Could it be that the complementarian notion of “biblical womanhood” (especially the claim that women’s distinct personhood makes no room for women as teachers and leaders of men) is a recent, Western perspective?
Now Deborah, a prophetess, the wife of Lappidoth, was judging Israel at that time. She used to sit under the palm tree of Deborah between Ramah and Bethel in the hill country of Ephraim; and the sons of Israel came to her for judgment. (Judges 4:4–5, NASB)
Margaret Fell, known to many as the “Mother of Quakerism,” is arguably one of the most fascinating figures in Western religious history. Though frequently overlooked by historians, Margaret Fell played a germinal role in the development of the Friends (Quaker) movement, and her life presents a compelling picture of the power of faith and the cost of discipleship.
After languishing in obscurity for many years, the work of Phoebe Palmer (1807-1874) has been rediscovered by church historians and scholars. Palmer was a widely-recognized religious figure in her day—a woman whose concern for the holy life enabled her to transcend the limitations of both gender and denominational affiliation.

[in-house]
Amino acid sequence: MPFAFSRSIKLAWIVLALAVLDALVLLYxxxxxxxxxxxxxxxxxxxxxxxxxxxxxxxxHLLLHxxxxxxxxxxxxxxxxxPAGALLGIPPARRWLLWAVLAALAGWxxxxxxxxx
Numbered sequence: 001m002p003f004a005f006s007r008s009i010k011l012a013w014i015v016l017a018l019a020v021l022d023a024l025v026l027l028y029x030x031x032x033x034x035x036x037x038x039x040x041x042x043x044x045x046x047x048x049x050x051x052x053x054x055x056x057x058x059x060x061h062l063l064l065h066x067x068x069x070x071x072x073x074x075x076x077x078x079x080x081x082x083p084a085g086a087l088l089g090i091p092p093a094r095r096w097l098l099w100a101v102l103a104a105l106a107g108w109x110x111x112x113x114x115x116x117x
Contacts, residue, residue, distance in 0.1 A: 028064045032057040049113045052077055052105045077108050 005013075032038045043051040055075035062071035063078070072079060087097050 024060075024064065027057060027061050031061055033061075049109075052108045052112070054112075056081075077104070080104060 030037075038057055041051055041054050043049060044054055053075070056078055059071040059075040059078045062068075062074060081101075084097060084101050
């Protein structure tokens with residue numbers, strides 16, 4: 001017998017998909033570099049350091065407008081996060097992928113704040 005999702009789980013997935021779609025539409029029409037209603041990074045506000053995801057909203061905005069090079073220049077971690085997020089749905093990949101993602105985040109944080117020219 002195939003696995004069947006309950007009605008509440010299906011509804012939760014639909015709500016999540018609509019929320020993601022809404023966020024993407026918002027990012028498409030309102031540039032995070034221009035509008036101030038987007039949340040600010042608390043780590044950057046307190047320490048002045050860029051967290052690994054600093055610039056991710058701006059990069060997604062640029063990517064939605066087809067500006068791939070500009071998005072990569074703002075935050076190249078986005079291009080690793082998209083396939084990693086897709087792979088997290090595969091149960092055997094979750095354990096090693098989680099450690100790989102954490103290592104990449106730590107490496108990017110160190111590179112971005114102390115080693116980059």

The nineteenth-century secular women’s movement paved the way in many countries for more women’s education, writing, and publishing. The church also benefited by this escalation of women in leadership; many Christian hymnbooks printed material by women for the first time.
This is the centenary year marking the death on October 12 of Cecil Frances Alexander, one of the greatest women hymn writers. Her funeral in Londonderry attracted a great crowd from all of Great Britain to pay tribute to this noble woman.
In his book, Women Composers and Hymnists, Gene Claghorn lists 356 women hymn text writers who are North American. A few of the most outstanding are Julia Ward Howe (“Battle Hymn of the Republic”), Annie Sherwood Hawks (“I Need Thee Every Hour”), Mary Ann Thomson (“O Zion Haste”), Katherine Lee Bates (“America, the Beautiful”), Mary Lathbury (“Break Thou the Bread of Life”), and Margaret Clarkson (“So Send I You”).